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Do racks sound good at bedroom volumes?


mcr2k5

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Since a rack system is modular and can be made of an infinite number of components of preamps/effects/poweramps/cabinets and other stuff it could be built to a specification that sounds great at low volumes. It could also be built so that it only gets cooking at gig voulumes. It all depends what you put into the system.

 

The main variable when scaling a rig will likely be your choice of preamp and power amp, and how they work together.

 

For example, Lexicon had a rack system a few years ago with a power amp rated at 1/2 watt. It was designed for recording at lower volumes.

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I agree with Jaymeister - "rack gear" does not imply any special functionality or capability. There are rack-everythings. It's simply a question of how you like your cookies packaged.

 

I'd ask these questions:

 

Why do you want to play at bedroom volumes? Would you be even better off playing through headphones when you want to be quiet?

 

If so, rack gear can be your friend, because many rack preamps have passable cabinet simulators that you can turn on and off, which can be a great way to practice. Headphones at night with the cab sims on (and just accept that it will be less than perfect tone) and then straight into your poweramp and cabs when you play live. Assuming you do. :)

 

Dig

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Thanks guys.

 

The situation is that I don't gig anymore. My current amplification is total overkill for this - a Marshall TSL100 with 4x12 cab. While it sounds absolutely amazing at loud volumes, it is next to useless at bedroom levels (sounds fuzzy and weak).

 

I have recently bought a THD Hotplate, which made no difference to the sound at low volumes.

 

So I have been looking for other alternatives - all angles.

 

I am looking to attempt to get as close to the cranked tube amp sound at bedroom levels as possible.

 

I don't want to play through headphones, as I play along to backing tracks.

 

One alternative is to get a smaller amp like a Cornford Harlequin - although I'm not sure if I'd be able to use a delay effect with that as there's no loop. I guess I could get something like a POD into it for that.

 

Another alternative is to get a modelling amp, like the vox vt series. This is a nice alternative as it would only cost around

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The neat thing about a low watt power amp is that you could still use your 4x12 cab. I bet it would sound pretty decent.

 

For home practice with backing tracks you could also look into one of the floorboard style modelers like the Vox Tonelab SE, Line 6 PODxtl, or Boss GT-8. Hook that up through the power section of your head (I bet you'd have decent clean headroom), or get a small active floor wedge monitor or 2 for stereo. You could get a mini mixer, and mix in the backing track source along with the modeler to the wedges and wail away at a pretty reaseonable volume..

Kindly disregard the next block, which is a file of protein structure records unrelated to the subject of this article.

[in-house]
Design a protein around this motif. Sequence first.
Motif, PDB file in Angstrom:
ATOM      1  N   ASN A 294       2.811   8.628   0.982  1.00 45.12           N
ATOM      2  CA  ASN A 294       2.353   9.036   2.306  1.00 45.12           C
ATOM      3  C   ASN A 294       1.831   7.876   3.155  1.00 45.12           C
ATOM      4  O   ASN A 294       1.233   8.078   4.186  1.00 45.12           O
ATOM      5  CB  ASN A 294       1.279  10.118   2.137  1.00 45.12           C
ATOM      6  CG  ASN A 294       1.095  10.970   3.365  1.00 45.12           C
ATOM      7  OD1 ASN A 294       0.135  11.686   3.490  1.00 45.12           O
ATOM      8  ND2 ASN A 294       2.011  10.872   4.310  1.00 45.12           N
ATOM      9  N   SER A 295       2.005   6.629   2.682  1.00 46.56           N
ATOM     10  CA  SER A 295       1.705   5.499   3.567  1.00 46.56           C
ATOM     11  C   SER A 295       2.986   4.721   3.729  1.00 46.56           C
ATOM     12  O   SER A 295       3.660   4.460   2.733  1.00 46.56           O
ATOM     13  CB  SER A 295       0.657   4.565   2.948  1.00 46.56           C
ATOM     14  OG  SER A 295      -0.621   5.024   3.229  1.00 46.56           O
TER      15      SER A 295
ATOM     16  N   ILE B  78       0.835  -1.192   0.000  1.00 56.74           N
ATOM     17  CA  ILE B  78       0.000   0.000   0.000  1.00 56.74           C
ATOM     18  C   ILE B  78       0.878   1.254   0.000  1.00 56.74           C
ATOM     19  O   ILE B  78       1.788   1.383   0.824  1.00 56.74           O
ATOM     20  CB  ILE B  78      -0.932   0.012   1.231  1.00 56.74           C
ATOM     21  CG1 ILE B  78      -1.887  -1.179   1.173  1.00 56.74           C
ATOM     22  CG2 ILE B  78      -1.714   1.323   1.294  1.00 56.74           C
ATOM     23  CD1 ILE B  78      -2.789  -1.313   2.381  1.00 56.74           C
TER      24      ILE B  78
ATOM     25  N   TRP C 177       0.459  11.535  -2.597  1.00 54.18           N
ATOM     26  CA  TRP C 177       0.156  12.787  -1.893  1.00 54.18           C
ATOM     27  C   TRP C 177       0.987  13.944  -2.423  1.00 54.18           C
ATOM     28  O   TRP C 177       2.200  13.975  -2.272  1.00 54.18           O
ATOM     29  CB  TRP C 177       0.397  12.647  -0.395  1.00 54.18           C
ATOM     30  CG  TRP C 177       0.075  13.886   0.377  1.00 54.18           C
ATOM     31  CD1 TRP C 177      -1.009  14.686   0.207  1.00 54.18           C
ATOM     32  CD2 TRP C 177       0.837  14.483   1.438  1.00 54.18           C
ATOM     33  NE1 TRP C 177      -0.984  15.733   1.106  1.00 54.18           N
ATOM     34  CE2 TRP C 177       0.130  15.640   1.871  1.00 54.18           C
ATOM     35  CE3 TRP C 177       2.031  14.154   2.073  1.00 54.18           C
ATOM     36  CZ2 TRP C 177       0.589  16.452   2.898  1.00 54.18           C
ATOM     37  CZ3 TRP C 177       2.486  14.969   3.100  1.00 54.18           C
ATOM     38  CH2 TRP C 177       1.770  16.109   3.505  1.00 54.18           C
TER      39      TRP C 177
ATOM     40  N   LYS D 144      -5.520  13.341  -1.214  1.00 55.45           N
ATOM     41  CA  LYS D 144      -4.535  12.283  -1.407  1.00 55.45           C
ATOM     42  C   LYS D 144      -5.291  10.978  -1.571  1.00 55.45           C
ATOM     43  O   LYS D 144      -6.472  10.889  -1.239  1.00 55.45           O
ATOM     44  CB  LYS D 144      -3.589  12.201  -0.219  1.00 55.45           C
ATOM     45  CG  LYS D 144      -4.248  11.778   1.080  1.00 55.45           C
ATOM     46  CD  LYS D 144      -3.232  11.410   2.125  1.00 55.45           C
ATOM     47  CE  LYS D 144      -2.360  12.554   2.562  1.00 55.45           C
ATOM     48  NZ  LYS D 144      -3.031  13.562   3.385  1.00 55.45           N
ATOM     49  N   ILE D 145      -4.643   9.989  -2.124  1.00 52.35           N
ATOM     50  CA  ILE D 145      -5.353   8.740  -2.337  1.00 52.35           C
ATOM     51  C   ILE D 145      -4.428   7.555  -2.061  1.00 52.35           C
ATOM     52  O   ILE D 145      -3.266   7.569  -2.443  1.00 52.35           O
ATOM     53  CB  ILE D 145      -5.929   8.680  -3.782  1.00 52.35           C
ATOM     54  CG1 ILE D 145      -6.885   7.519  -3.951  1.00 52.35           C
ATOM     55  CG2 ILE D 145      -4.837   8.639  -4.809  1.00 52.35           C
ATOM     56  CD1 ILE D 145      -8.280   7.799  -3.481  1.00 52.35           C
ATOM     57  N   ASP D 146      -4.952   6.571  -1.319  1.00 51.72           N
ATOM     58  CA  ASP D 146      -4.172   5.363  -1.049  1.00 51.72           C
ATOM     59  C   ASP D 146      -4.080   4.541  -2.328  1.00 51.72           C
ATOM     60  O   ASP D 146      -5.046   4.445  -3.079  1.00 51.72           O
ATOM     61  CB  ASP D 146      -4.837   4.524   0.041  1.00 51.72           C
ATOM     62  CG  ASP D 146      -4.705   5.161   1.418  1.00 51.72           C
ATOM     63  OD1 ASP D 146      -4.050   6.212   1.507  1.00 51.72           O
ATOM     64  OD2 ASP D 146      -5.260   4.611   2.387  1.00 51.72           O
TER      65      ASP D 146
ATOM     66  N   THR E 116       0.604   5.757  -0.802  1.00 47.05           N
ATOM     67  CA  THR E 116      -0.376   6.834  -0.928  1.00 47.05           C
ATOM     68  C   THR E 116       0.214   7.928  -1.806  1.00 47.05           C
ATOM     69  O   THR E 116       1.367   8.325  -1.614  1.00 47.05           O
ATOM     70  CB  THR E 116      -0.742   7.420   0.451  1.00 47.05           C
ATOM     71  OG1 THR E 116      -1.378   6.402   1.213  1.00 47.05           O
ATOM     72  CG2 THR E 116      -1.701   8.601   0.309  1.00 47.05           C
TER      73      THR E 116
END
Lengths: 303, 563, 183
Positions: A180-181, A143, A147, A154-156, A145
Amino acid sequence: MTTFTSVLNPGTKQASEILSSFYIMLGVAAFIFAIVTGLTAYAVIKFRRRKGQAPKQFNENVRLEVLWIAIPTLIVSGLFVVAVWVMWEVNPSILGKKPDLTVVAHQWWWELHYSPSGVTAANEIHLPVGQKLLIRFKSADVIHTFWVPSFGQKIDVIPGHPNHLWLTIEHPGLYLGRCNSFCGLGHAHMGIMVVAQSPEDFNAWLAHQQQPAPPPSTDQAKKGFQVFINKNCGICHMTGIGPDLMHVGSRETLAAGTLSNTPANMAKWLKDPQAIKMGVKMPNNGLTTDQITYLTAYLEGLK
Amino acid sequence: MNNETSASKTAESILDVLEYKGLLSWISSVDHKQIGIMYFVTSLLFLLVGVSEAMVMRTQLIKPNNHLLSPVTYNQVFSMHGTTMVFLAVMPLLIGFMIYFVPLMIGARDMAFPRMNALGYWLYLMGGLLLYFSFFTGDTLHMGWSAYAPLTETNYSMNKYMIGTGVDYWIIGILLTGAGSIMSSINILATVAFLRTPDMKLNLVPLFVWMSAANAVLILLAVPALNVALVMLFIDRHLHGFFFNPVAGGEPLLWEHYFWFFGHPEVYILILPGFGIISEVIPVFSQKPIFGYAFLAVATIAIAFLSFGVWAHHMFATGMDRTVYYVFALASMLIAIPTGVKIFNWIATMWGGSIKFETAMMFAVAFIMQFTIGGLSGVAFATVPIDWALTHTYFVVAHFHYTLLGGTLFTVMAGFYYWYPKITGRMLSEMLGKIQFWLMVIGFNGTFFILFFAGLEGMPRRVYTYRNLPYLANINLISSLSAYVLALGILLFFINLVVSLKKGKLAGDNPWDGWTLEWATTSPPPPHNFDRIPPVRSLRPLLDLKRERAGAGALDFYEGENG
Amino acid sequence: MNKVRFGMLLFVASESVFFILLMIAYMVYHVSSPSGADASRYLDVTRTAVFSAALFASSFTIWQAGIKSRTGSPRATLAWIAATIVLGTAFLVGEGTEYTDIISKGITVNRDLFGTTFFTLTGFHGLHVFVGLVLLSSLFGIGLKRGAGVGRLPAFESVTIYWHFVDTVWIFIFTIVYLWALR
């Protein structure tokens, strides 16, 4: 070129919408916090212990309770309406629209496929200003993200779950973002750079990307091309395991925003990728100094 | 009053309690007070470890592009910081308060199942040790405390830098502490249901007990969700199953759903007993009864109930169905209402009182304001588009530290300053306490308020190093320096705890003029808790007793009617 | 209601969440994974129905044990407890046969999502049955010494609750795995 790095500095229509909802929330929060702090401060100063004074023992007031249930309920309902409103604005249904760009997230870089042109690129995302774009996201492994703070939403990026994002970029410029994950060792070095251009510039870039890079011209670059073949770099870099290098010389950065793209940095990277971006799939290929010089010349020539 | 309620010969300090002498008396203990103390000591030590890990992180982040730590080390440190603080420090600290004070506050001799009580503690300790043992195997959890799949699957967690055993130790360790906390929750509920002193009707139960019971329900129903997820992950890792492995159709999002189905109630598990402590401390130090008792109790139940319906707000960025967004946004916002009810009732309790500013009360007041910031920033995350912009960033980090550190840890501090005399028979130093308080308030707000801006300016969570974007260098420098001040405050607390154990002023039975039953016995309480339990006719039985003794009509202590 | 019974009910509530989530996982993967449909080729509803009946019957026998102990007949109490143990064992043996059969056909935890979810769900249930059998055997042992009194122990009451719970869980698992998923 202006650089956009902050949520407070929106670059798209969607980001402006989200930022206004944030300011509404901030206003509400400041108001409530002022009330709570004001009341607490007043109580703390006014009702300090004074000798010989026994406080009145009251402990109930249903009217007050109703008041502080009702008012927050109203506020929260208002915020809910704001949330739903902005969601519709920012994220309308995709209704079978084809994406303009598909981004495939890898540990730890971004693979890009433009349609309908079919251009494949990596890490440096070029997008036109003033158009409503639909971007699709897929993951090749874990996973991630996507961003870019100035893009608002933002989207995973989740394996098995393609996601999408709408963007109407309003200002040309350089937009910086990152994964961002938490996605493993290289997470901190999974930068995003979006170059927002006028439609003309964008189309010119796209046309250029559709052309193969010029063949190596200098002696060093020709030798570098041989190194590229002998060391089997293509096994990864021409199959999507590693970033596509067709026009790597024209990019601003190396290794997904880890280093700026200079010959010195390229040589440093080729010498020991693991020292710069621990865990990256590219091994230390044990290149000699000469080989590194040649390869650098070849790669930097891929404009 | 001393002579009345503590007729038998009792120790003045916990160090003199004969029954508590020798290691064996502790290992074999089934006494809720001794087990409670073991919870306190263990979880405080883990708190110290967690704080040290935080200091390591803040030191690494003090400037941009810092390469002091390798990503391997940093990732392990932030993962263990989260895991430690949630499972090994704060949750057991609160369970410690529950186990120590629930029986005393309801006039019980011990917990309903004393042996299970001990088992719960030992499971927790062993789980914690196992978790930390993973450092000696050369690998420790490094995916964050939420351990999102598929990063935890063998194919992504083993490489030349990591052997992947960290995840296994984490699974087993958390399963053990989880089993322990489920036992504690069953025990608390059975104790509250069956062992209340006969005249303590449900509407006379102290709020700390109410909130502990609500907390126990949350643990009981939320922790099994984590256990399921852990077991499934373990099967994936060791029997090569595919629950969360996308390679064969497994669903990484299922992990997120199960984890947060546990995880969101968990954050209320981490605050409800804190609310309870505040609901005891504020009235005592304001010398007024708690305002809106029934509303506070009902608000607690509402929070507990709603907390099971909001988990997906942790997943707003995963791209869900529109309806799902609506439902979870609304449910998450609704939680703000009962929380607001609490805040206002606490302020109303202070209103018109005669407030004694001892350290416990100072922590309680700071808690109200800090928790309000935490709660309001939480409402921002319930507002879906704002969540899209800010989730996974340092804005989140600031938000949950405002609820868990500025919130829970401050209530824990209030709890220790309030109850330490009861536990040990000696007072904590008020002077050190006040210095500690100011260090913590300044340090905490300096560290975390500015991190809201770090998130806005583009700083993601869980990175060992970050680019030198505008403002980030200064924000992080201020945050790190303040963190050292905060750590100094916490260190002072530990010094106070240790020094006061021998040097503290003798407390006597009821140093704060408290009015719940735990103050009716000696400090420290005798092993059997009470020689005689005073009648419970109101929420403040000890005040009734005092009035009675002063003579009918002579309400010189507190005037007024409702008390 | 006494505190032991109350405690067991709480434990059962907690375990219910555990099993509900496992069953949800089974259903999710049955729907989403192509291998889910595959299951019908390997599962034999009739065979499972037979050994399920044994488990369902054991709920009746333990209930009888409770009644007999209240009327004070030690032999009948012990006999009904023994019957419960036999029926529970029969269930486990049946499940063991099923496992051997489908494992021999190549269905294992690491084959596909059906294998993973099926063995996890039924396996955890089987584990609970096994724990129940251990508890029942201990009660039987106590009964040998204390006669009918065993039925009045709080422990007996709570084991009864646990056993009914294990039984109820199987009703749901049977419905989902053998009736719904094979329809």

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If your looking for a practice tool check out the Korg Pandora's Box. This little unit is GREAT! It has great presets that cover any style you would want plus you can create your own. It has a AUX in so you could feed your CD player directly into the unit. It has built in jam tracks with selectable keys & tempo, it has a metronome, a sampler for "Learn-a-Lick" stuff or looping your own guitar parts. A headphone out, Tuner, and it is even back lit so you can read it in the dark. All in a package a little biger than a box of cigarettes. New they are $199.00. I use mine everyday, simply the best practise tool and the best $200 I have ever spent.

 

http://www.musiciansfriend.com/srs7/g=home/search/detail/base_pid/152187/

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My old rack sounded great at bedroom levels. Here's a picture of it:

 

P5150007.JPG

 

Why did it sound good at bedroom levels? Some of the reasons:

     

    Anyway, I had no problems with this rack. It sounded great at bedroom volumes and cranked as loud as it would go.

     

    Nick

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Originally posted by nickdahl



Anyway, I had no problems with this rack. It sounded great at bedroom volumes and cranked as loud as it would go.

 

Purple cabinets always sound the best.

:D

 

The maximizer helps a lot for that, since you're essentially adjusting the EQ like the "loudness" control on a stereo. This compensates for the ear's different response at lower volumes. I do the same thing on my rig with an EQ and presence control.

 

Google search for "Fletcher-Munson" for an explanation of this effect.

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Originally posted by TheDarxide




Take a look at the .5 - 3 watt tube amps, they'll be fine for you.

 

 

Thanks - that's kind of what I'm thinking now too.

 

Such as which ones do you recommend trying? (Preferably ones that I can get in the UK if possible).

 

I tried out a Cornford Hurricane which is 6 watt, and that just didn't sound good enough to me (probably due to the low volume level... 6 watts is surprisingly loud).

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I tried the POD XT PRO for about two months. I really wanted to like it, but I couldn't get past the "compression:" every patch seemed to have compression on it. I went back to the amp and Palmer setup, and everything is good again.

 

Nick

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You speak the truth. I'm still trying to get used to that compression too. I'm looking into getting an EQ and that may help the overall tone (I made a thread about that). But yeah, that natural compression pisses me off sometimes.

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